DID YOU KNOW?
Play is a great relationship builder. Spending time playing with your child sends a simple message – you are important to me. Help your child learn about who she is and where she fits in the world.
Choking risks for babies and toddlers include objects smaller than a D-size battery. Keep small objects out of reach until your child is less likely to choke. This is usually around three years of age.
Choking happens when a child’s airway gets blocked by something. Anything smaller than a 20-cent coin can cause an airway blockage and be a choking risk for children.
Here are examples of choking risks for babies and young children.
Food choking risks include:
nuts and seeds, including popcorn kernels
hot dogs and sausages
pieces and bones of meat, including chicken or fish
hard foods like crackers and corn chips
lollies and marshmallows
unpeeled food like apples, nectarines, grapes and tomatoes
fruit pips and stones
raw vegetables like carrots, uncooked peas and lettuce leaves
stringy food like celery and pineapple.
Household choking risks include:
small or button batteries
the tops of pens and markers
Toy and toy part choking risks include:
the eyes of stuffed toys
table tennis balls
uninflated or popped balloons.
Other risks include small things like tablets and chewable vitamins, chewing gum, stickers (like those on fruit) and garden objects (like pebbles).
Do you know what to do for a choking child? Our
choking first aid article can take you through the steps.
Preventing choking while your child is eating: tips
These tips can help you protect your child from choking:
Where your child eats
Supervise your child. This means you can respond quickly if your child chokes.
Ensure your child is sitting down. Your child is more likely to choke if they eat while lying down, running around or playing, so sitting at a table or even on the floor will reduce the risk.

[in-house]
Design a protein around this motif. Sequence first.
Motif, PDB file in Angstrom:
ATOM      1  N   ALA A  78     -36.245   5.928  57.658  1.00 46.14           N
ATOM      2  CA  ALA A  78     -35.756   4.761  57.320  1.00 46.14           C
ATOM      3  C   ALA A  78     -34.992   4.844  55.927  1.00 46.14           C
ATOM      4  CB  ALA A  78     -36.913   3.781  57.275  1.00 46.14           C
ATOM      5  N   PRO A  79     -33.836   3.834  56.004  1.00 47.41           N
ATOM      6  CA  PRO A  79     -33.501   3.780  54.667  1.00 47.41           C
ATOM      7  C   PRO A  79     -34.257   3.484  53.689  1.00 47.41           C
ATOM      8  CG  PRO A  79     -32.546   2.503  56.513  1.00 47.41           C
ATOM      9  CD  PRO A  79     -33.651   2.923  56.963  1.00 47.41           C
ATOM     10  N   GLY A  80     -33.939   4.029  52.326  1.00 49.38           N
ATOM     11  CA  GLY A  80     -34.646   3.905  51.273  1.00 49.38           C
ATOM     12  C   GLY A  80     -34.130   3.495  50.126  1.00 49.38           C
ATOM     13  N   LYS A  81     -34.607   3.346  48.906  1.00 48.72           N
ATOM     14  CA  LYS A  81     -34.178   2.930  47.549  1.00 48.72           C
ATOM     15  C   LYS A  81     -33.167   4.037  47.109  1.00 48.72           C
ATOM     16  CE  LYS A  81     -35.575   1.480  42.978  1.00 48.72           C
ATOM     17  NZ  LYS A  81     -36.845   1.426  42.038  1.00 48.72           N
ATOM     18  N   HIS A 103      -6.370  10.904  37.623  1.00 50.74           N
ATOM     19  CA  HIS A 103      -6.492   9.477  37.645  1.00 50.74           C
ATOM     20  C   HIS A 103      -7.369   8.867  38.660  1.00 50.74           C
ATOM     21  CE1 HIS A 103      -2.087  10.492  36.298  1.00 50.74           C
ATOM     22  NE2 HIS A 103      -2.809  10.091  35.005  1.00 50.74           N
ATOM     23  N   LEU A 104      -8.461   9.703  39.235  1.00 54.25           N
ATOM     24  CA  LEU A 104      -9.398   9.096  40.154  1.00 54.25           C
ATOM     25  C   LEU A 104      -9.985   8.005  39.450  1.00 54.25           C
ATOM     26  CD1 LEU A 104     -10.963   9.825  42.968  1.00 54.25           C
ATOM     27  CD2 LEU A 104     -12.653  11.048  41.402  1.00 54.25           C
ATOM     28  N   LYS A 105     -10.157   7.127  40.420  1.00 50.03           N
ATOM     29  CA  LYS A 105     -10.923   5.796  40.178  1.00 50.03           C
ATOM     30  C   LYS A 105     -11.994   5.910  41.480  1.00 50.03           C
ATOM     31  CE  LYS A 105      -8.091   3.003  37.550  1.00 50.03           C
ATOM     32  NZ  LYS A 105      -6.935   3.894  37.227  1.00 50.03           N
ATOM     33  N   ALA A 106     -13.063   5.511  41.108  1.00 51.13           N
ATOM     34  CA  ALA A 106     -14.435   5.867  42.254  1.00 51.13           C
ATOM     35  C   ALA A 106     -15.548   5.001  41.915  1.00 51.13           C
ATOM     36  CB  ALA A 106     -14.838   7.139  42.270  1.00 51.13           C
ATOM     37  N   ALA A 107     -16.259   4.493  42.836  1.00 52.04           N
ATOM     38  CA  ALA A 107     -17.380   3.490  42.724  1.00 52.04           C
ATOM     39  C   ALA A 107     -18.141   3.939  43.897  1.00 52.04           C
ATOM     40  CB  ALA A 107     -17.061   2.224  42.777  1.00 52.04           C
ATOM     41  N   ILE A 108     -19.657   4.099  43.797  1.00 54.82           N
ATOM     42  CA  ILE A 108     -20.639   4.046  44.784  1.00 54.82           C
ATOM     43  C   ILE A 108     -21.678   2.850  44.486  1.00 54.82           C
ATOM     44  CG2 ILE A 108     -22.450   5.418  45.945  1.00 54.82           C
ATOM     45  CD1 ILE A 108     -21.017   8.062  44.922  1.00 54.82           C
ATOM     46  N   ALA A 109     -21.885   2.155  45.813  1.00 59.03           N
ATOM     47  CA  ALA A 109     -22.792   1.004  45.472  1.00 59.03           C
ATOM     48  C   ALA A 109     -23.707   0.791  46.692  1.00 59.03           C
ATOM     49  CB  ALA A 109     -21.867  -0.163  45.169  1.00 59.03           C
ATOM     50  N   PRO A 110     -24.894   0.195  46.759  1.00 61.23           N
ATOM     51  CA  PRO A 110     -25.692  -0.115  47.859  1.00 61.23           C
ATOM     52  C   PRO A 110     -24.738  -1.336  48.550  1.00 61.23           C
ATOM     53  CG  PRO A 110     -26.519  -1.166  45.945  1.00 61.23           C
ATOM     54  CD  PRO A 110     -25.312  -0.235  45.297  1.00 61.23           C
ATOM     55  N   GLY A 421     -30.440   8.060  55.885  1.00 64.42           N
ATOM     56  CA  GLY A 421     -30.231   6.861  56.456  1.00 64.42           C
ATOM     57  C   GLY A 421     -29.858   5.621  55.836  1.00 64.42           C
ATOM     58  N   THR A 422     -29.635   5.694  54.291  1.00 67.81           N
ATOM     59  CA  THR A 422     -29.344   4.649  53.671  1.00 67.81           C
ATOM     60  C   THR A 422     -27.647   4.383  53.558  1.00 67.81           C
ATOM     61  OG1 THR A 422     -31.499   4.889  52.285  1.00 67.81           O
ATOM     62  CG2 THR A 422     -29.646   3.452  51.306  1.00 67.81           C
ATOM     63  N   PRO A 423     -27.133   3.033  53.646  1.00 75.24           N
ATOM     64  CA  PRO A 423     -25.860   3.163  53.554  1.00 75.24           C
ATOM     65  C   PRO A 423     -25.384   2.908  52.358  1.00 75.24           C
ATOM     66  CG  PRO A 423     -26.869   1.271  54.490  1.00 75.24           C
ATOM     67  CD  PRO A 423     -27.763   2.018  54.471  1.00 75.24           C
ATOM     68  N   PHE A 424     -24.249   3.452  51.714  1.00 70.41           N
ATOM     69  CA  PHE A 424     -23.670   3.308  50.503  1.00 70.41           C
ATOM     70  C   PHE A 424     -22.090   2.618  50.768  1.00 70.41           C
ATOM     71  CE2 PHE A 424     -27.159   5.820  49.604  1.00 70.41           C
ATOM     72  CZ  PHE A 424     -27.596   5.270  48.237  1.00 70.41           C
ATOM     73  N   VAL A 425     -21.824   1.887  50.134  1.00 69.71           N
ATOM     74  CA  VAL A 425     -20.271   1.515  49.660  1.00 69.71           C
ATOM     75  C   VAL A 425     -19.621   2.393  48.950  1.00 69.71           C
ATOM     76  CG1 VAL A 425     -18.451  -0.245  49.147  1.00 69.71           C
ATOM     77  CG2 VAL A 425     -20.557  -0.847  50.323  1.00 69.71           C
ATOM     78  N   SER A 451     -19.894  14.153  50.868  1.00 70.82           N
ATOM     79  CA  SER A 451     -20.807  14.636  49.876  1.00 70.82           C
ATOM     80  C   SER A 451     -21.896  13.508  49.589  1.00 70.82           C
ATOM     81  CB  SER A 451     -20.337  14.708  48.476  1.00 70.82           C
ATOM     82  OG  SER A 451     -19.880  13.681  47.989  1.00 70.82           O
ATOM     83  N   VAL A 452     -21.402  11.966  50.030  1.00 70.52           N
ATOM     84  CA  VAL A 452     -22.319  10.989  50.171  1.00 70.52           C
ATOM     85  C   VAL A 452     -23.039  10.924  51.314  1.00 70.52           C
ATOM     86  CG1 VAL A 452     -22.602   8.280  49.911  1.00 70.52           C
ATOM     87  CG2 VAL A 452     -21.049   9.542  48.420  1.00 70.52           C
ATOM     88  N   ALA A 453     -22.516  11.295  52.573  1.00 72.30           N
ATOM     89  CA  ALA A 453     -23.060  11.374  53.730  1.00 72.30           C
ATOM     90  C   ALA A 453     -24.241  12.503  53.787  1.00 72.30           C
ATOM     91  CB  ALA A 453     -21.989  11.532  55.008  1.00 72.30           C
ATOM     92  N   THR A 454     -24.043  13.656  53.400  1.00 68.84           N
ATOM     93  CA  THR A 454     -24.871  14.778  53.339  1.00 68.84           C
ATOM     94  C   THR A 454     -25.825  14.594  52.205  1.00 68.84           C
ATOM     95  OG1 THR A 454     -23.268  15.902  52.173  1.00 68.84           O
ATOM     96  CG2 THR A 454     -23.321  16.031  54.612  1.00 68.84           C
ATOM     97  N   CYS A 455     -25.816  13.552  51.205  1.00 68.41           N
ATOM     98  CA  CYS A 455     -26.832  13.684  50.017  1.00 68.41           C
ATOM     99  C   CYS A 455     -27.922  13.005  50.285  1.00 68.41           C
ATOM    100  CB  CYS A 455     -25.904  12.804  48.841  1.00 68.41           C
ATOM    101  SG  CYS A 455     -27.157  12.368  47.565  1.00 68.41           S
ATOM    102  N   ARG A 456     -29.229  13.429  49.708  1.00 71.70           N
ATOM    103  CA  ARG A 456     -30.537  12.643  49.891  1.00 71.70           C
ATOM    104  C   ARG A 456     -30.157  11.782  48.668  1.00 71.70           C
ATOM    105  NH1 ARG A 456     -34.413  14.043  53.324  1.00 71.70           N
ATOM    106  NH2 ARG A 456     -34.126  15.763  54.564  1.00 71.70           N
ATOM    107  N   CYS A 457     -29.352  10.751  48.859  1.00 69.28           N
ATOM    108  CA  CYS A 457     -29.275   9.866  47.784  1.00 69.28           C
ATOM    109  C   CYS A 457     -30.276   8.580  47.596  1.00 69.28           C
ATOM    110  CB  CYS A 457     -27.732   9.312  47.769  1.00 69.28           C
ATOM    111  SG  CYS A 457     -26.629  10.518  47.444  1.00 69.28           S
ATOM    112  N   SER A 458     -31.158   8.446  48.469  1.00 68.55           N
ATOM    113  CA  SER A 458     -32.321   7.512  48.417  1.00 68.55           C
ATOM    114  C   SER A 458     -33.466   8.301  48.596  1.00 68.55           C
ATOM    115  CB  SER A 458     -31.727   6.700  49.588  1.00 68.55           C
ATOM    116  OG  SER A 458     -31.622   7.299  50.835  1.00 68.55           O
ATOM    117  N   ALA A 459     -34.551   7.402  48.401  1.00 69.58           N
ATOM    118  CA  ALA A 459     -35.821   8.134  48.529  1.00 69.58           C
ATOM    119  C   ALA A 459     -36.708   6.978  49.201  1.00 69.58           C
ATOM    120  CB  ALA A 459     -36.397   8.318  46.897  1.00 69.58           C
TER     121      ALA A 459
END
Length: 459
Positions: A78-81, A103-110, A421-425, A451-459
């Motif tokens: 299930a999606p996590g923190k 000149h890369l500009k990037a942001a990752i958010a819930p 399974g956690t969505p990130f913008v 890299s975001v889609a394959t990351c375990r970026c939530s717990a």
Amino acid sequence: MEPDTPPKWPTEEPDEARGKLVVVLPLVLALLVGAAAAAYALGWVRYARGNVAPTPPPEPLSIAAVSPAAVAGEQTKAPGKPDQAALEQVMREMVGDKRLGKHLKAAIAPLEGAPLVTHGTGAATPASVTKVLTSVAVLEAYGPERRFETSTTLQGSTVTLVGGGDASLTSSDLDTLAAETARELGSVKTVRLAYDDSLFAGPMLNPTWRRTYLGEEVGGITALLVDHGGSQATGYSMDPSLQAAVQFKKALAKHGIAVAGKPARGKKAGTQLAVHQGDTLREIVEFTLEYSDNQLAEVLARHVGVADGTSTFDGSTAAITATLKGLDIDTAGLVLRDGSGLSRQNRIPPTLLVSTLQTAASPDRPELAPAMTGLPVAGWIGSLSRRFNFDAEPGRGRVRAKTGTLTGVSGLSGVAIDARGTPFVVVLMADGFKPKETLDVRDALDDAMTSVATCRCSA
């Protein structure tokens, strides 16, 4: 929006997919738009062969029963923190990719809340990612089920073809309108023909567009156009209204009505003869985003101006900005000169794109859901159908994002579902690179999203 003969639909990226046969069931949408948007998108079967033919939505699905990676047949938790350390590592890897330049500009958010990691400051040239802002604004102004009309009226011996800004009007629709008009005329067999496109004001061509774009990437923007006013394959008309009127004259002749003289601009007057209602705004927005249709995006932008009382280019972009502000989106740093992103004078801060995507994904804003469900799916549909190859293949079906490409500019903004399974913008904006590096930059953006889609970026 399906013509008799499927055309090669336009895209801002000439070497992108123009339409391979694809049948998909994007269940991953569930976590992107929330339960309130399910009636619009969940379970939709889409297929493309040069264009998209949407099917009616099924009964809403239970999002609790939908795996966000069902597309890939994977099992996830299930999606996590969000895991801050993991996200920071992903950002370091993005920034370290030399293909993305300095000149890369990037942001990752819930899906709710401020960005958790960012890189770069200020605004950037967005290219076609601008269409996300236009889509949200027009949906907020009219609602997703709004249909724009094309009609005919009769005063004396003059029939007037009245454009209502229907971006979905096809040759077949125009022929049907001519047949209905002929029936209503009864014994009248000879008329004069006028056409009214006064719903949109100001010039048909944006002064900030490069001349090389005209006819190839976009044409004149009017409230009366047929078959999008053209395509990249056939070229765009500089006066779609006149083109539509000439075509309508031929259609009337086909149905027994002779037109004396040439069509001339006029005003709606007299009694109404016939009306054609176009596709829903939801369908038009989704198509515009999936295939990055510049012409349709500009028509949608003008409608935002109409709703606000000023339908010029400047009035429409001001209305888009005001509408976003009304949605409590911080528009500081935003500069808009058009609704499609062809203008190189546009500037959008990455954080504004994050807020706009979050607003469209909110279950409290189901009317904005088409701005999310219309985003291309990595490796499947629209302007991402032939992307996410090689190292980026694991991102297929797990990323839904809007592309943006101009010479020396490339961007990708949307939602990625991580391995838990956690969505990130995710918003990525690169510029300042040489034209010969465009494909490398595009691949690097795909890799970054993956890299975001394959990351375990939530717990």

Sit with your child while they eat, and talk to or entertain them. This way they’ll be less tempted to get up and run around.
Avoid giving your baby a bottle in bed. Babies who fall asleep with a bottle can draw liquid into their lungs and choke.
What your child eats
Until your child can chew well, give your child food in pea-sized pieces or smaller. Anything bigger than this is hard for young children to eat safely.
Don’t give your child whole nuts and seeds or similar hard foods until they’re 4 years old.
Remove bones from meat and fish. Remove pips from foods like olives and cherries.
Cook, grate or mash hard foods, particularly hard fruit and vegetables like carrots and apples.
Peel the skin off fruit like apples, nectarines and grapes.
How your child eats
Don’t give your child food while they’re crying. Your child won’t be able to chew and swallow their food properly if they’re crying.
Encourage your child to chew food well. If your child chews and swallows properly and takes their time during meals, this will reduce their risk of choking.
Preventing choking around your home: tips
These tips can help you protect your child from choking around your home:
Try to keep small objects out of reach. Curiosity leads children to put unusual things into their mouths. Check the floor for small objects by getting down to child height and looking around.
Always follow the age recommendations on toys. Use toys that are solid and sturdy, and avoid toys with small parts, breakable parts or brittle surfaces. Check toys for exposed stuffing and loose screws and buttons.
Avoid buying toys with button batteries. Check the battery compartments on items in your home to make sure they’re secured with a screw. Keep loose button batteries or objects with unsecured button batteries out of reach and in child-resistant containers.
Keep toys for small children and older siblings in separate boxes. Encourage older siblings to keep their little toys out of reach. This might include Lego, doll clothes, beads, car parts and so on.
Children at higher risk of choking
Children under 4 years old are at higher risk of choking, but older children can also choke.
Children with disability or chronic illness might also be at higher risk of choking than other children.
Children are more likely to choke if they have conditions like cerebral palsy, epilepsy, intellectual disability or gastro-oesophageal reflux disease. If your child has one of these conditions, talk to your doctor about how best to avoid choking.
© raisingchildren.net.au, translated and adapted with permission